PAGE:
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Late Blight Effectively Managed with Resistant Tomatoes on Long Island in 2012

Margaret Tuttle McGrath
Department of Plant Pathology, Cornell University
Long Island Horticultural Research and Extension Center;
3059 Sound Avenue
Riverhead, NY 11901;
mtm3@cornell.edu

and Sandra Menasha
Cornell Cooperative Extension-Suffolk County,
423 Griffing Avenue Suite 100,
Riverhead, NY 11901;
srm45@cornell.edu

 

Additional information about late blight and photographs are posted at:

http://usablight.org/

http://blogs.cornell.edu/livegpath/gallery/tomato/tomato-late-blight/

Results of late blight resistant tomato variety evaluation;conducted in central NY(April 2013)

http://vegetablemdonline.ppath.cornell.edu/factsheets/Potato_LateBlt.htm

http://vegetablemdonline.ppath.cornell.edu/NewsArticles/Tomato_performance_LateBlight_2011.pdf

http://vegetablemdonline.ppath.cornell.edu/NewsArticles/LateBlightFungicidesAug2010.html

Late blight has been occurring routinely on Long Island, starting early in the growing season, and severely impacting tomatoes since 2009.  During the past four years, symptoms have been first seen in late May to mid June.  This disease occurred sporadically before 2009, with symptoms never found or not seen until October in most years.  Change in occurrence of late blight is at least partly due to the fact there are new genotypes (strains) of the pathogen in the USA.  Many are more aggressive on tomato and more tolerant of warm temperatures than genotypes like US-1 and US-8 that previously were dominant.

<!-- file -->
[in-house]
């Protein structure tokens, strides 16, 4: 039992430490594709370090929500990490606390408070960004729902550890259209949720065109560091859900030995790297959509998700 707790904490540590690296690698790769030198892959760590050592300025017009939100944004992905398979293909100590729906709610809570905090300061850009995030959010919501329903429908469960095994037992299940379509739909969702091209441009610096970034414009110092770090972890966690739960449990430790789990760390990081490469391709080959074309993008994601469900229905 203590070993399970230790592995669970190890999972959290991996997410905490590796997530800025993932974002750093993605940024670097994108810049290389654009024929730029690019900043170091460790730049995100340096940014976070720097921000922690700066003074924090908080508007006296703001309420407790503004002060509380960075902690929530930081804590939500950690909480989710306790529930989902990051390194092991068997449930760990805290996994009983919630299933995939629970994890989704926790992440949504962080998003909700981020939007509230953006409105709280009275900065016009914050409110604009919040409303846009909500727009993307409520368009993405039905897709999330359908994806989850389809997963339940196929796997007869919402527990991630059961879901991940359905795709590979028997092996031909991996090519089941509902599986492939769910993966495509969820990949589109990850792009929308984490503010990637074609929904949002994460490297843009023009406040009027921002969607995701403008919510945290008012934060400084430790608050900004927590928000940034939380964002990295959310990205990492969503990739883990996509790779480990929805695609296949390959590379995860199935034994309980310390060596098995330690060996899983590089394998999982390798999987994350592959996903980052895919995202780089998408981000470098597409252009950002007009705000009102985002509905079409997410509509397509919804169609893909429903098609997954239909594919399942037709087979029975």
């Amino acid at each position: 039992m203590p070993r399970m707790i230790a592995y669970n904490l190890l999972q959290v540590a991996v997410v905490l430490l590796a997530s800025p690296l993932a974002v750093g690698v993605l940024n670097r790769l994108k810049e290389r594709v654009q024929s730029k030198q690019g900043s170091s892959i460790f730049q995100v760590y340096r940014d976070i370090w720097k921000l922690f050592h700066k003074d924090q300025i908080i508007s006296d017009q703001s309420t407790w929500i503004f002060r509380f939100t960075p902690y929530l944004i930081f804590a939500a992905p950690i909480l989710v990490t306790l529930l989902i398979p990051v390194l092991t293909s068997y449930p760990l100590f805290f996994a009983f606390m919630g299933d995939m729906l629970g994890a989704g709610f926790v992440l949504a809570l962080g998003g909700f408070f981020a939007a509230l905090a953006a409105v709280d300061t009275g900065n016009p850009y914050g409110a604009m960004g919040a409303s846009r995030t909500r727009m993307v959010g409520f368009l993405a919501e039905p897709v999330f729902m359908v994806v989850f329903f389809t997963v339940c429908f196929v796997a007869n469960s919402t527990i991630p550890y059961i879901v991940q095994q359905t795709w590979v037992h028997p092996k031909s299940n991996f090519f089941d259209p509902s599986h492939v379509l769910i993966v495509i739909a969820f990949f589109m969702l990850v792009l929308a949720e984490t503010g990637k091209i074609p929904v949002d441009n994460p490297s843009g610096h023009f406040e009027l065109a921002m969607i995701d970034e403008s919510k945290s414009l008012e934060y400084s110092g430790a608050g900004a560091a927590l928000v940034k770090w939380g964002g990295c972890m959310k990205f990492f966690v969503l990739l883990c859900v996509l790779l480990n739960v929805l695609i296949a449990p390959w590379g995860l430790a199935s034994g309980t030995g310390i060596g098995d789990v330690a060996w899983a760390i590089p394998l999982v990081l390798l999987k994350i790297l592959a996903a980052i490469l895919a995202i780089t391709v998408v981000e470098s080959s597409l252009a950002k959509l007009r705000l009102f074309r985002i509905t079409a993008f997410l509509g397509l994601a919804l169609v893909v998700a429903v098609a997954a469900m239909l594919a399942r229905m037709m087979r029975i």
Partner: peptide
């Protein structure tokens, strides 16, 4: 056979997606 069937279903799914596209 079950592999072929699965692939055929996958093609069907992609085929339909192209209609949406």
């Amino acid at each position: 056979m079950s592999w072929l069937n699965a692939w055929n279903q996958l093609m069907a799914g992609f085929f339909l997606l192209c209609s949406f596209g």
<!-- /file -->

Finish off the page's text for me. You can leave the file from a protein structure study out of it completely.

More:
Resistant varieties are a valuable tool for managing diseases, particularly late blight, because it can be very difficult to control with fungicide applications started after onset and it cannot be ‘tolerated’. Left unmanaged, late blight is much more likely than other diseases to completely destroy a crop and also to have devastating impact on other tomato plantings in a region due to the quantity of pathogen spores that can be produced and easily dispersed by wind.

A replicated experiment was conducted at the Long Island Horticultural Research and Extension Center in 2012 to evaluate new varieties and experimental hybrids that have resistance to late blight in terms of horticultural traits and susceptibility to diseases. Mt Fresh Plus was included as the industry standard for comparison. Most varieties evaluated produce standard red, round, slicer (beefsteak) type fruit.  Plum, cherry, and campari (large cherry) types were also tested.  All named varieties tested are commercially available.  Experimentals from the Cornell Breeding Program also have resistance to early blight and Septoria leaf spot, common foliar diseases occurring in the northeastern USA.